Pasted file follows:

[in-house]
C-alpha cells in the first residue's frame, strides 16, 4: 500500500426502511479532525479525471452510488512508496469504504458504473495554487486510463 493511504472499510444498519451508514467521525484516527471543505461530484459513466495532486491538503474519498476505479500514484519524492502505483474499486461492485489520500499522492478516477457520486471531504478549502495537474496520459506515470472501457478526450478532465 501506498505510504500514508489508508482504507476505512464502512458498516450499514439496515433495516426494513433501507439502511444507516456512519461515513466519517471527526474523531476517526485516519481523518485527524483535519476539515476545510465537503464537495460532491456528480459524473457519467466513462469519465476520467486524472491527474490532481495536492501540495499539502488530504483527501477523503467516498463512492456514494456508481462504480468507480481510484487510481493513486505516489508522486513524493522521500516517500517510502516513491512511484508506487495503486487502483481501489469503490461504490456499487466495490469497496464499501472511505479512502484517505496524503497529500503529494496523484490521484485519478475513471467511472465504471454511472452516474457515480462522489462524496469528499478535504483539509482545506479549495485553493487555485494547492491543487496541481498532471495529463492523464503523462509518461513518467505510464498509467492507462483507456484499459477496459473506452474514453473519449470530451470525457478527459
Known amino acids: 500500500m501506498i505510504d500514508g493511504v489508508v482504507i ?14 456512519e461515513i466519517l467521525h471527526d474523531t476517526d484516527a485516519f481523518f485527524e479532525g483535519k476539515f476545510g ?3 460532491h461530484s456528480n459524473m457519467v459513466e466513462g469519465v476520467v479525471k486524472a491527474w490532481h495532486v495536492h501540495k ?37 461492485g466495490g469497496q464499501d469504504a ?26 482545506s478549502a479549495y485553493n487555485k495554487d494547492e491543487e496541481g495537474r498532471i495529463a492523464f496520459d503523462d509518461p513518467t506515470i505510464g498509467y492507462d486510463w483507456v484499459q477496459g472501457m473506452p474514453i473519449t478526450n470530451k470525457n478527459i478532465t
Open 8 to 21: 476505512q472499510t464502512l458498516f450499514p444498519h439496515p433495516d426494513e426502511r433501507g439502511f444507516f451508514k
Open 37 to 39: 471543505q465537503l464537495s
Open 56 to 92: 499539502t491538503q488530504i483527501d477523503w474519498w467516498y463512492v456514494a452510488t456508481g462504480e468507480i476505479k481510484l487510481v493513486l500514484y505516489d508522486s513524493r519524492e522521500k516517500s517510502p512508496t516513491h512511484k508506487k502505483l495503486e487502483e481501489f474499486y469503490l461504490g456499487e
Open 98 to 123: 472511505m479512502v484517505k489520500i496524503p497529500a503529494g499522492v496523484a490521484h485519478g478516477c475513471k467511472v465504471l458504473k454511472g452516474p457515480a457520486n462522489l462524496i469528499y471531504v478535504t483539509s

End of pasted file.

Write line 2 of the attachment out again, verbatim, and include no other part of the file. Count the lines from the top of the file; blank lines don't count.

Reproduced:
C-alpha cells in the first residue's frame, strides 16, 4: 500500500426502511479532525479525471452510488512508496469504504458504473495554487486510463 493511504472499510444498519451508514467521525484516527471543505461530484459513466495532486491538503474519498476505479500514484519524492502505483474499486461492485489520500499522492478516477457520486471531504478549502495537474496520459506515470472501457478526450478532465 501506498505510504500514508489508508482504507476505512464502512458498516450499514439496515433495516426494513433501507439502511444507516456512519461515513466519517471527526474523531476517526485516519481523518485527524483535519476539515476545510465537503464537495460532491456528480459524473457519467466513462469519465476520467486524472491527474490532481495536492501540495499539502488530504483527501477523503467516498463512492456514494456508481462504480468507480481510484487510481493513486505516489508522486513524493522521500516517500517510502516513491512511484508506487495503486487502483481501489469503490461504490456499487466495490469497496464499501472511505479512502484517505496524503497529500503529494496523484490521484485519478475513471467511472465504471454511472452516474457515480462522489462524496469528499478535504483539509482545506479549495485553493487555485494547492491543487496541481498532471495529463492523464503523462509518461513518467505510464498509467492507462483507456484499459477496459473506452474514453473519449470530451470525457478527459